Life is simpler here and being out of my "comfort zone" makes my heart happy. I put quotations around "comfort zone" because it implies that it's uncomfortable for me to rough it in a third world country. Quite the contrary. Those who know some of my crunchier tendencies or have traveled abroad with me can vouch for the laid back nature of my life. What really makes my heart well with tingly bubbles is realizing how blessed I am, getting both feet back on the ground with my fellow humans, and embracing a completely different way of life. 

Life at L'Hopital Sacre Coeur (HSC) has been pretty easy thus far. We have been rounding on the patients with the Haitian doctor and we admitted a little girl to the OR with a tib/fib fracture tonight. We even took the afternoon to enjoy a local beach. Tomorrow we start clinic and I'm afraid I will eat my words about how Island Time has made our stay so pleasant. 

Remind me to talk about:
-the children, particularly nutrition and kwashiorkor.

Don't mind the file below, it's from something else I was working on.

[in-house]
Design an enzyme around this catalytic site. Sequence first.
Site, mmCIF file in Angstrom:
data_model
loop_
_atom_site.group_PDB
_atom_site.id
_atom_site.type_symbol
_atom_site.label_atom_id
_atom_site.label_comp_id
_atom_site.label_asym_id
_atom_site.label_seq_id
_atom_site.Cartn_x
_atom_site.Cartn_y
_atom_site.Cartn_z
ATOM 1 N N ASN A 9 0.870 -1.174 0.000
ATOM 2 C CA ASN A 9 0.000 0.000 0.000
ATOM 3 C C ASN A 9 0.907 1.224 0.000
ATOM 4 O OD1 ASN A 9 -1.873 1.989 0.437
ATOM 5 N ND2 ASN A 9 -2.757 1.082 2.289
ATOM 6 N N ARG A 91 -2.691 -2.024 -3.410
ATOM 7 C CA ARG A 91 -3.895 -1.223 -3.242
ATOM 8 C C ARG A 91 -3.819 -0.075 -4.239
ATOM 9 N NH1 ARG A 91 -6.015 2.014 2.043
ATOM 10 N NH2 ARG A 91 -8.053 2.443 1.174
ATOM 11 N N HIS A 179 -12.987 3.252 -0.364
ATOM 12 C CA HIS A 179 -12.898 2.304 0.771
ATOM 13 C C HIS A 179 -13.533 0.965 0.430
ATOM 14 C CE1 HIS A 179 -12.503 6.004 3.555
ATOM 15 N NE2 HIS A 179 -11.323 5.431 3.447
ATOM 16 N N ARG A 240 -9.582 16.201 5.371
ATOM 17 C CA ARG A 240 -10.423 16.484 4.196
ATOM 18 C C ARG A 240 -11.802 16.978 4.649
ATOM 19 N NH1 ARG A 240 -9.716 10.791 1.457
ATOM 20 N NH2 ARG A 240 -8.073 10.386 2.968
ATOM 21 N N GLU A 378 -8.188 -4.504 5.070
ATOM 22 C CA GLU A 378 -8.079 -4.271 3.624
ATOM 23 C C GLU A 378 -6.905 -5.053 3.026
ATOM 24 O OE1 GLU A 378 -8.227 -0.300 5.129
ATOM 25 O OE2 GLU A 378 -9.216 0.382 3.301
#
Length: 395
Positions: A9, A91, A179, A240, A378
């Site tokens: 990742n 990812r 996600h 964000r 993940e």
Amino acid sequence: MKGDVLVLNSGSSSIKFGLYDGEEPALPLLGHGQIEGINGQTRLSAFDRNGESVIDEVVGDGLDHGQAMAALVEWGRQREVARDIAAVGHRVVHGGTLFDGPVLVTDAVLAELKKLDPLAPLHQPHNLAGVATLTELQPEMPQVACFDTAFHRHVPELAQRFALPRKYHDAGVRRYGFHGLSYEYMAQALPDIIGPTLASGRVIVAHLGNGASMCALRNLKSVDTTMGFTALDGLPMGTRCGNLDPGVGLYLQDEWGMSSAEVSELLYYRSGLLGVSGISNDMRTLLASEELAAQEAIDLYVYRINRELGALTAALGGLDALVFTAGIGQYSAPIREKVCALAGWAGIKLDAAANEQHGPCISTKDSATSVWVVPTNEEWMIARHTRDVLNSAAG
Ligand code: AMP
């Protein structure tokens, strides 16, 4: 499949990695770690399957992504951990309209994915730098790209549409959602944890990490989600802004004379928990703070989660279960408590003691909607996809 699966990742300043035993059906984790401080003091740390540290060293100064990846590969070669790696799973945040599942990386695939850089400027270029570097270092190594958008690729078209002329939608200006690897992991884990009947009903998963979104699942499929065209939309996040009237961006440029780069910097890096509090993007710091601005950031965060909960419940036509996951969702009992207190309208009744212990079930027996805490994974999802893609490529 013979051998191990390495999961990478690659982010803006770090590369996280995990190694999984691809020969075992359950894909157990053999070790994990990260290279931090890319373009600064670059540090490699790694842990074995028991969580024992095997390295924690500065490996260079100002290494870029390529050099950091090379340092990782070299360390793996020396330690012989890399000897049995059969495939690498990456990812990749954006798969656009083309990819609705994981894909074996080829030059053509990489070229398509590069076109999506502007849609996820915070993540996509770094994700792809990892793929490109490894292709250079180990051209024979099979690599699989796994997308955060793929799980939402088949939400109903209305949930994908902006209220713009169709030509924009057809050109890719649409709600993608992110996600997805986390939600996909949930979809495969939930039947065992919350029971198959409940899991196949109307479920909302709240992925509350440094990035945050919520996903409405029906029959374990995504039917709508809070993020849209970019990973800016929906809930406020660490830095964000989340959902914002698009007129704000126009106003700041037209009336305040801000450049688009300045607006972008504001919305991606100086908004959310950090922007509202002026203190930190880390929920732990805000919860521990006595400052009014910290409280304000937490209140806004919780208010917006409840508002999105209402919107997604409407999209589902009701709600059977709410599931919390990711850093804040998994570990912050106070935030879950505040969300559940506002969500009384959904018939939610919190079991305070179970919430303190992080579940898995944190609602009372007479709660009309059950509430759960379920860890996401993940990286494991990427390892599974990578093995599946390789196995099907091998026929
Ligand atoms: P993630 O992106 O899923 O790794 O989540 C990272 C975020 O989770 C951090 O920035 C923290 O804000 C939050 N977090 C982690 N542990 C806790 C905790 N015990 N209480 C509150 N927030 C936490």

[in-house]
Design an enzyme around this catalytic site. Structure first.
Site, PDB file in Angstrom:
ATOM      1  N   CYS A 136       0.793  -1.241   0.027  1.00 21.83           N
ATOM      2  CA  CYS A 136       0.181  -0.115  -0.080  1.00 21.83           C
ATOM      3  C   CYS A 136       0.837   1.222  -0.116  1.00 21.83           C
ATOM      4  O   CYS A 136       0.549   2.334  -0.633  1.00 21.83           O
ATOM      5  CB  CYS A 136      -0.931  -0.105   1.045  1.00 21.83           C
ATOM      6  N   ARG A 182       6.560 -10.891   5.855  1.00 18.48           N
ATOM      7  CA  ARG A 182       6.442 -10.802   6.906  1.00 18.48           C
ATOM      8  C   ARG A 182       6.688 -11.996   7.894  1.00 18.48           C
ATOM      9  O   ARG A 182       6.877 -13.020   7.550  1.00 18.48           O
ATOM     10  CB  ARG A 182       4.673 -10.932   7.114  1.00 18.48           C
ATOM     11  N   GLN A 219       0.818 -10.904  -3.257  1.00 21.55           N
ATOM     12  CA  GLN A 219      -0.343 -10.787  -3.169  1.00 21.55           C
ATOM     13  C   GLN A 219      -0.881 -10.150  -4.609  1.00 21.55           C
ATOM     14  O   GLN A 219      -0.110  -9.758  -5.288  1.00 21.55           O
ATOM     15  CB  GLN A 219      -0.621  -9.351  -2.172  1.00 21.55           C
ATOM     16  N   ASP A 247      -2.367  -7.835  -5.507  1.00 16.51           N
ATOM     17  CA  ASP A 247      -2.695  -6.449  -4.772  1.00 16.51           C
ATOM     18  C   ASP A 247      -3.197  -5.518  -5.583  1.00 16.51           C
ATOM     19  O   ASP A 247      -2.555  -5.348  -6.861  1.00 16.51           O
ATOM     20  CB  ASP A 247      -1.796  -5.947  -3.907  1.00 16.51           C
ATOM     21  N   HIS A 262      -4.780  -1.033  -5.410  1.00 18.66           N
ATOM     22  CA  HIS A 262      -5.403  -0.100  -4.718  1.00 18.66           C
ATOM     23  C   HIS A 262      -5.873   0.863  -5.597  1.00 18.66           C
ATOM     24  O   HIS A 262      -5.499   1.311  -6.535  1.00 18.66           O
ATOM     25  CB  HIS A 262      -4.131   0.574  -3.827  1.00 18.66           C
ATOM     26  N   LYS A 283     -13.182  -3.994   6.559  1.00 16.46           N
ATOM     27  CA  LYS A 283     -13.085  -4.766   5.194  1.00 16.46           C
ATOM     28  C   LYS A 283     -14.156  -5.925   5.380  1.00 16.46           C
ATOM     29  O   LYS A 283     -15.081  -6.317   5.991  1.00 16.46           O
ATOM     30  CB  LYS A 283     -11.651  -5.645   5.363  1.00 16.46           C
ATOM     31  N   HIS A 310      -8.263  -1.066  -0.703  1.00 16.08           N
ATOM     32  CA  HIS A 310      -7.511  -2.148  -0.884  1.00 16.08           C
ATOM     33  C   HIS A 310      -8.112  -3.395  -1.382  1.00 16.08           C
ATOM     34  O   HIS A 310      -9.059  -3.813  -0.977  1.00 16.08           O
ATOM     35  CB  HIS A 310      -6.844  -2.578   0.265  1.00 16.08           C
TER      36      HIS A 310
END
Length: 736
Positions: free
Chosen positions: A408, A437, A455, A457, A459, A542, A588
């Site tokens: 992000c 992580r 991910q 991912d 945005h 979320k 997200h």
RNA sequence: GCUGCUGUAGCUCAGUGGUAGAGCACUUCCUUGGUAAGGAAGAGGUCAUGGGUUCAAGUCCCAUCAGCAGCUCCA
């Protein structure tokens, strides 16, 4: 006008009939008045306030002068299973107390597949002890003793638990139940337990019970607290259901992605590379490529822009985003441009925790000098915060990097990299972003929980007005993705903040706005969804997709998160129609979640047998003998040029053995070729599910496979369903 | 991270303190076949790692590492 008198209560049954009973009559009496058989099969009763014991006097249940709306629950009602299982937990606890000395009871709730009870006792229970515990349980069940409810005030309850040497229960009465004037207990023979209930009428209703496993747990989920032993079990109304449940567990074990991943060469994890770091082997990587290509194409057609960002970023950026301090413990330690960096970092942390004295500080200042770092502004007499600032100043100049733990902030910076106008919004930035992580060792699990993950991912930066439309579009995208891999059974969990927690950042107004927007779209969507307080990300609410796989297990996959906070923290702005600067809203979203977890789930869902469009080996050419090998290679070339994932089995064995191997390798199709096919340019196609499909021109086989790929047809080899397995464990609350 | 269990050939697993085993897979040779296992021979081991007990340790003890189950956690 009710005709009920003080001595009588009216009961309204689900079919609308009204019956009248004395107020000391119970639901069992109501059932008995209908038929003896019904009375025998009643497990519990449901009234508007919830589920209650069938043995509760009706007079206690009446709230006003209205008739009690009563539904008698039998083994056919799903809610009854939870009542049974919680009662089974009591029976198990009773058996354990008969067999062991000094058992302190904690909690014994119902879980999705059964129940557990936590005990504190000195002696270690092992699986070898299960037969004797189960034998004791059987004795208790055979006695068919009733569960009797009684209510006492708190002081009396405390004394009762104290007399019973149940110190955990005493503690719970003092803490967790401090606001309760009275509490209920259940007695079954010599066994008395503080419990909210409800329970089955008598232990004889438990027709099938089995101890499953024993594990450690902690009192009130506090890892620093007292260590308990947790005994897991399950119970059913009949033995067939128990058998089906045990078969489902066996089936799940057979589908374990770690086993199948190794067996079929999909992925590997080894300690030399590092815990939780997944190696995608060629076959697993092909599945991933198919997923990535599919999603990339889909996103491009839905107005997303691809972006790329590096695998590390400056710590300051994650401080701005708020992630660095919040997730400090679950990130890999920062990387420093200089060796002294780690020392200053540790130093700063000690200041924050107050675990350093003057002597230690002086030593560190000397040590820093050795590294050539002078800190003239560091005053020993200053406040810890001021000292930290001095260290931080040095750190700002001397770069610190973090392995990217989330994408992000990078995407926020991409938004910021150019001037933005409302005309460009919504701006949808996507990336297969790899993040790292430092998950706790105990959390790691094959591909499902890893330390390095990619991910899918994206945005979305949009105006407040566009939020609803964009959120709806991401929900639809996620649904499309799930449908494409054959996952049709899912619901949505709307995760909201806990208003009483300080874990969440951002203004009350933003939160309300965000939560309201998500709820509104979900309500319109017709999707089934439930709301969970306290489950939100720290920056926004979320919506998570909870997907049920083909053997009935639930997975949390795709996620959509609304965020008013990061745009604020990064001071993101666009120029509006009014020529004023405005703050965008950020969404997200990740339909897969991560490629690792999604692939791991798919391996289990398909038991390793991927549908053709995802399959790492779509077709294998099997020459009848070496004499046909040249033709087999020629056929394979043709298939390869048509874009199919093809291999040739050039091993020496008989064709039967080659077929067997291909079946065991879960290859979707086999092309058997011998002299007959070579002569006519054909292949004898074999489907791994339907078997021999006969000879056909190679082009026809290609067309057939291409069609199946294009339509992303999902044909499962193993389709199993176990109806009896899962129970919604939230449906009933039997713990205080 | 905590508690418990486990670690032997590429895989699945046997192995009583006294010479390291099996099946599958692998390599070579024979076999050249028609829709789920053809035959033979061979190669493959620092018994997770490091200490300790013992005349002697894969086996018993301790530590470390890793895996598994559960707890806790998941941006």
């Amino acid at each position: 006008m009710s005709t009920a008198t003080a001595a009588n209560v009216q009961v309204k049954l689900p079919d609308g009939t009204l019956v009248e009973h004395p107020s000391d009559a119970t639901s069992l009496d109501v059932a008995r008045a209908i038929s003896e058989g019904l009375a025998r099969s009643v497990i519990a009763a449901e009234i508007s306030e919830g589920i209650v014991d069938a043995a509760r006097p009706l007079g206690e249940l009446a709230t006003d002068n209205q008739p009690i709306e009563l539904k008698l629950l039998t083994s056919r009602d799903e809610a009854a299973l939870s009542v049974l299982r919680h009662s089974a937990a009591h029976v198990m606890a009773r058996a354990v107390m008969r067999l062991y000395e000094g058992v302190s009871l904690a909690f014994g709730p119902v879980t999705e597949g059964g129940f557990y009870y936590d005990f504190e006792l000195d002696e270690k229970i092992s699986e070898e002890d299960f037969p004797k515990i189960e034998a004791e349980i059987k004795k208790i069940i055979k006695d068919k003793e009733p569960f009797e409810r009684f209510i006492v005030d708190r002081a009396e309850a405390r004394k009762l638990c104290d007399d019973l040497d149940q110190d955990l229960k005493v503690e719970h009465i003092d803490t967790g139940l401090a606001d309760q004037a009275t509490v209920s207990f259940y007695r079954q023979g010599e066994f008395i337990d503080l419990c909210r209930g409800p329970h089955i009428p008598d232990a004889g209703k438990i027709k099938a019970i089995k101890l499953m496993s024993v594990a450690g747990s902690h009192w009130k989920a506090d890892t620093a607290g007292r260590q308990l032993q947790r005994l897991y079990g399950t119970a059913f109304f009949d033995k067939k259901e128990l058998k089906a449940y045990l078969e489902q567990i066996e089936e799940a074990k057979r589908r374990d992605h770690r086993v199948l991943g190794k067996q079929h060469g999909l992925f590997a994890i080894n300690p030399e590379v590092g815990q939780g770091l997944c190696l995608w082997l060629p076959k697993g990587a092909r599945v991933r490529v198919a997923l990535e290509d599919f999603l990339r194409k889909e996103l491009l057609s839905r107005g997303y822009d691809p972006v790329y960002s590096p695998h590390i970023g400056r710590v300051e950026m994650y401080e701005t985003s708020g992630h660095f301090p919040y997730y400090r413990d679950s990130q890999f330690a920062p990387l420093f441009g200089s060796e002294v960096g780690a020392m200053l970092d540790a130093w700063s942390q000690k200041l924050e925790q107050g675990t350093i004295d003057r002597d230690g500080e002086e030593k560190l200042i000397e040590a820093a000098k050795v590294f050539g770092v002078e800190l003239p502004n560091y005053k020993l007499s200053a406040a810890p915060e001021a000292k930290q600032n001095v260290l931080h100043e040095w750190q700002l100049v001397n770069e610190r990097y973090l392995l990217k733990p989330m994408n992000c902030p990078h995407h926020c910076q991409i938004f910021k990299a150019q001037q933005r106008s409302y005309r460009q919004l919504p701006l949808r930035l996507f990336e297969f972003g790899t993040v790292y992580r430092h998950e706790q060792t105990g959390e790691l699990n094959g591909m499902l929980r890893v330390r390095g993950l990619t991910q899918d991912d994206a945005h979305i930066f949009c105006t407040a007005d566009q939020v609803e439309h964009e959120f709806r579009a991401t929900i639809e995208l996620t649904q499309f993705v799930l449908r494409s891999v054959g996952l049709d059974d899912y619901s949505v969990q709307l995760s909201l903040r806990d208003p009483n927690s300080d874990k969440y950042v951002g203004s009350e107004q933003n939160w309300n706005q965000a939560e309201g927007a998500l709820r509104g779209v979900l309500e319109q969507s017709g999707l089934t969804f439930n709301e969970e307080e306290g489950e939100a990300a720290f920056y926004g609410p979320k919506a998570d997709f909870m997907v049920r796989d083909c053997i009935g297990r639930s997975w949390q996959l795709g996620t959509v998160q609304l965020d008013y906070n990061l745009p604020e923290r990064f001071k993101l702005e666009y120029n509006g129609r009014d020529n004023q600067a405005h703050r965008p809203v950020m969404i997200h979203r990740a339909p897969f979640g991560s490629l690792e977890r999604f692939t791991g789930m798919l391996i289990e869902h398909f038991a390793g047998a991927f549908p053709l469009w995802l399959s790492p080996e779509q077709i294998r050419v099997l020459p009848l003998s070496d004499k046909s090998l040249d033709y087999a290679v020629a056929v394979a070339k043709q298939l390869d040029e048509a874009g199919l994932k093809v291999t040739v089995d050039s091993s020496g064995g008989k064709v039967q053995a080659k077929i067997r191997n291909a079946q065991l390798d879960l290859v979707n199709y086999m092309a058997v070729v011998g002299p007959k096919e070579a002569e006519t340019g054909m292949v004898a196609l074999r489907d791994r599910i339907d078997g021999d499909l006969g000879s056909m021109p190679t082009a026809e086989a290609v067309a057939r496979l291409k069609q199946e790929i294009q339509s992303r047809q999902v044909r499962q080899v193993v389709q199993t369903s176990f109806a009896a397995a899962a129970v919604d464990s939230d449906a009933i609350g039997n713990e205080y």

-resource limited medicine with the world's greatest resource
-the team
-the food

Friday, March 21, 2014

Packing List

Headed out the door.  But real quick, here's what I'm bringing for 10 days in Haiti:
- 4 shirts (scrubs are provided by the hospital)
- 2 shorts
- 1 dress
- lots o' undergarments (I have learned my sweaty lesson)
- giant bag of Skittles
- a dozen granola bars
- 2 pairs of shoes: chacos and Saucony's
- IV start supplies
- liquid multivitamins
- gloves
- alcohol
- needles for meds/syringes
- 1000 stickers
- Harriet Lane

I was surprised to find all of my belongings packed quite easily into my suitcase and backpack.  I knew I was low maintenance, but this impressed even me.  

Off for the airport!  Check back in or follow me on Instagram.

Monday, March 17, 2014


It's been a while...  Since I traveled to a country where I didn't speak the language.  Since I've ridden in the back of a truck and had pit stops that included bushes.  Since I ate fresh tropical fruit straight from the farm.  Since I cared for a child born into an impoverished life without the means of caring for themselves.